Tuesday, June 2, 2015

Preventing Librarian Burnout


Months back I read an interesting piece on Inside Higher Ed. "Can I Do the Same Thing Over and Over Again?" by John Warner (if you don't follow him on Twitter, you should - very thought-provoking) and it resonated, but I wasn't sure what to do with it.

That is, until now because I'm thinking about librarian burnout ("a psychological term that refers to long-term exhaustion and diminished interest in work."), so John's piece applies. I admit that I flirt with burnout from time to time, but have learned to recognize the signs of impending doom and have (mostly) managed to avoid it. But I know lots of people who can't avoid it, or don't know what to do when they see a pit opening up beneath them.

A small group of us have only just started talking about creating a space/place where librarians can turn for resources to combat burnout. We're not sure what shape it will take or how it will evolve, but we know we need something. So, to get the cliche ball rolling I thought I'd share a few things I do regularly to avoid burnout:
  • Get out of my building every day. Sometimes I do eat lunch at my desk since I've gotten in the habit of using my lunch hour to browse Tumblr or catch up on blogs, but regardless of whatever else is going on I get not just out of my office but out of the library. A walk to the bookstore for chocolate or around the outside of the building to get some sun or even just out to the front steps to have a different view for a minute or two. Making this routine is key to it helping, so when I say every day, I mean EVERY DAY.
  • Make time at least once a week to engage in some kind of professional development. I need to learn new things, need to. Even if it's just reading a blog post written by someone I admire or participating in one Twitter chat or another, I make space in my schedule. I do this on the clock, and encourage my staff to do it as well, but I know for some this might have to come during off hours.
  • Straighten my office every day. I have a teensy office, but I can still lose stuff in there if I'm not careful. Putting things away and neatening piles helps me notice things I need to do the next day. This process also serves as a mental transition between work and home. (I also have it decorated in ways that make the space more "mine" and recommend that, but I know personalization isn't always allowed in shared spaces.)
  • Meditate daily. There is so much science behind this cornerstone of my Buddhist practice that shows how much it can help. Even just being still and doing nothing - not listening to music or watching television or anything - has been shown to have amazing benefits.
The things that John Warner mentions are important to think about as well. Even if you are stuck doing the same thing day in day out, how can you let your love of the work and the ends it achieves help you when you are feeling the slog of it? What do you do to avoid burnout?

I know this piece is about ways to prevent burning out, but I'd also love to hear how people recover.


  1. i really like this post. going into my third school year as a librarian i can relate. i have big, gorgeous windows steps from my office (that i can see from my desk--what a luxury!) but i really need to get out of the building more. great post.

  2. I eat lunch in our break room nearly every day, but over the past year I realized the importance of getting out of the building. Now, my dinner break on my night shift night I treat myself to dinner at Panera or another local eatery.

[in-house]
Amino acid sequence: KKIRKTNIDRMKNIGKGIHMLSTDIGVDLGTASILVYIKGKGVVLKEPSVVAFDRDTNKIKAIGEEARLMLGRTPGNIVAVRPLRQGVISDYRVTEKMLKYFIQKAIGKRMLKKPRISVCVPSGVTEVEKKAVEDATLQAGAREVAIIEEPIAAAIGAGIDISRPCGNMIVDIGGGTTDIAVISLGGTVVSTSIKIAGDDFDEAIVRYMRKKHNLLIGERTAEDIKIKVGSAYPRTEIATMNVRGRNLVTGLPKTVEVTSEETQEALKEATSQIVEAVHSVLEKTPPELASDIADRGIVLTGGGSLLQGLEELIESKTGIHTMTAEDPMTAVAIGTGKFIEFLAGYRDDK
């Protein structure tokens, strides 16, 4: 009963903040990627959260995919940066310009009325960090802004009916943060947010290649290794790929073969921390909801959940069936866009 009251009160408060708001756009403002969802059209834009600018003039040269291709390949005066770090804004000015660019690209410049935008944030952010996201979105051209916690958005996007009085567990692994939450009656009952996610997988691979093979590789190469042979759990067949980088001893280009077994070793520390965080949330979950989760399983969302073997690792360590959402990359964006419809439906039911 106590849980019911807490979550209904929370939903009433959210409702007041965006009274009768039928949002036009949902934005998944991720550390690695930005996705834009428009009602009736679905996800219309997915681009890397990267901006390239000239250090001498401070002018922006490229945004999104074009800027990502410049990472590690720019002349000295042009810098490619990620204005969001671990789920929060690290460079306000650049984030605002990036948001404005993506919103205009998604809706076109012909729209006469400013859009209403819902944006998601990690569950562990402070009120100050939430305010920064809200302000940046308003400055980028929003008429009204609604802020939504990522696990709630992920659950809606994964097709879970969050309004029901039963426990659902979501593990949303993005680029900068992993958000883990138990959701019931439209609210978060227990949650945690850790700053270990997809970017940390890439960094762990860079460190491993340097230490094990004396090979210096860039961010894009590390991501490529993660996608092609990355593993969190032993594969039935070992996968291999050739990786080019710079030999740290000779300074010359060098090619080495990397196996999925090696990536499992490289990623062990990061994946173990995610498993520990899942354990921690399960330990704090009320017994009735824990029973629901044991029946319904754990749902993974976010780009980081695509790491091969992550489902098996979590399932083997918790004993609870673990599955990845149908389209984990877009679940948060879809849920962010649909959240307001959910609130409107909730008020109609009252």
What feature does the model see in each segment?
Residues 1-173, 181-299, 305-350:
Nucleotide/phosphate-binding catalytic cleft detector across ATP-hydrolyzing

3. I try to find small projects that are different than my every day duties. I also volunteer on committees for YALSA and LITA. It gives me something different, but still library related to do. It also introduces me to other people who are as excited about libraries as I am.

  4. I would like to learn more about compassion burnout in particular. I work at a mental health hospital; in addition to clinicians and researchers we help clients, families, and the public. Many questions have some sort of heartbreak as context and it's hard not to feel compassion without engaging too fully (safety, privacy issues) or, well, just feeling really bad at the end of the day and beyond. Plus guilt that maybe you didn't do enough.

    I know from experience that this definitely isn't exclusive to hospital libraries. Would love to hear your thoughts. Coincidentally, a copy of "Overcoming Compassion Fatigue" is sitting on my desk but it's definitely meant more for health care providers.

  5. Thanks for this! I'm a tenure track librarian at a community college without any designated off-desk time. :-O I keep advocating it with my campus dean, but I'm the only librarian on duty M-F until 5. We JUST got evening help in April. I was pretty miserable this past spring term, but what kept me going was having lunch with the student services office staff pretty regularly. As the only full-time faculty member in my discipline, I was also feeling very isolated at an already isolated "satellite" campus (it's actually a full-service campus, but we're tiny). I also found that if I focus on achieving one small goal a week, it helped boost my morale. Even something as simple as cleaning out a drawer of old pamphlets or weeding five books helped because I got to see some kind of visual outcome. A lot of what I have been working on is changing the library culture, which is slow.

  6. I wanted to commend you on this post. While I am no librarian, I am very grateful for the work you do (for school AND for reading for pleasure, I rely heavily on you) and mental health and its effect on physical health is a topic close to my heart. I can only second the recommendation for meditation. It's definitely a skill that should be taught to anyone who works in a stressful environment. Scratch that, it should be taught to everyone if they are open to it.